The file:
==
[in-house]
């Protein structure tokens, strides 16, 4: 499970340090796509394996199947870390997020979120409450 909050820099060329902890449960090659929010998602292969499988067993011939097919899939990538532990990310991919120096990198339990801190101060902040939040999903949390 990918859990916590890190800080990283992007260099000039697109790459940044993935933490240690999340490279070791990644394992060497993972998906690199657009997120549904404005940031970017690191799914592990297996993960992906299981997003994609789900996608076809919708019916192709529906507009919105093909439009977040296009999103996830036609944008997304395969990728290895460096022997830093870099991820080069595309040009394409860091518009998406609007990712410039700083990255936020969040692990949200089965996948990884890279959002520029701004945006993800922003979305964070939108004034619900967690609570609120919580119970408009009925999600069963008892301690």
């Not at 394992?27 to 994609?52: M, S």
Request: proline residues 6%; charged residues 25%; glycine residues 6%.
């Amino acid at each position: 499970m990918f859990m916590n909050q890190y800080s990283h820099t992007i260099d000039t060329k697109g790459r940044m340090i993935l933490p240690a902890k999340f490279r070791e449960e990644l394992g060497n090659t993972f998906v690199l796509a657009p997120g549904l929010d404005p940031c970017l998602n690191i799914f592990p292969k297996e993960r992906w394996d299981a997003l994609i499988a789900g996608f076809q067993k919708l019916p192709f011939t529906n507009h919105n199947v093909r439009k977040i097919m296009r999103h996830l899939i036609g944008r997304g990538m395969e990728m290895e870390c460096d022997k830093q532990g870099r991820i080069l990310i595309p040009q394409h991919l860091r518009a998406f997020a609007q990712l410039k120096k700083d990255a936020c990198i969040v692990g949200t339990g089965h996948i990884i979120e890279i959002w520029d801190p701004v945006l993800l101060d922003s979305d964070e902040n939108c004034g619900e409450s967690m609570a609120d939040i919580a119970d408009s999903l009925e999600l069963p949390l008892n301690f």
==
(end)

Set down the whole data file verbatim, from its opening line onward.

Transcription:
[in-house]
């Protein structure tokens, strides 16, 4: 499970340090796509394996199947870390997020979120409450 909050820099060329902890449960090659929010998602292969499988067993011939097919899939990538532990990310991919120096990198339990801190101060902040939040999903949390 990918859990916590890190800080990283992007260099000039697109790459940044993935933490240690999340490279070791990644394992060497993972998906690199657009997120549904404005940031970017690191799914592990297996993960992906299981997003994609789900996608076809919708019916192709529906507009919105093909439009977040296009999103996830036609944008997304395969990728290895460096022997830093870099991820080069595309040009394409860091518009998406609007990712410039700083990255936020969040692990949200089965996948990884890279959002520029701004945006993800922003979305964070939108004034619900967690609570609120919580119970408009009925999600069963008892301690």
């Not at 394992?27 to 994609?52: M, S």
Request: proline residues 6%; charged residues 25%; glycine residues 6%.
């Amino acid at each position: 499970m990918f859990m916590n909050q890190y800080s990283h820099t992007i260099d000039t060329k697109g790459r940044m340090i993935l933490p240690a902890k999340f490279r070791e449960e990644l394992g060497n090659t993972f998906v690199l796509a657009p997120g549904l929010d404005p940031c970017l998602n690191i799914f592990p292969k297996e993960r992906w394996d299981a997003l994609i499988a789900g996608f076809q067993k919708l019916p192709f011939t529906n507009h919105n199947v093909r439009k977040i097919m296009r999103h996830l899939i036609g944008r997304g990538m395969e990728m290895e870390c460096d022997k830093q532990g870099r991820i080069l990310i595309p040009q394409h991919l860091r518009a998406f997020a609007q990712l410039k120096k700083d990255a936020c990198i969040v692990g949200t339990g089965h996948i990884i979120e890279i959002w520029d801190p701004v945006l993800l101060d922003s979305d964070e902040n939108c004034g619900e409450s967690m609570a609120d939040i919580a119970d408009s999903l009925e999600l069963p949390l008892n301690f």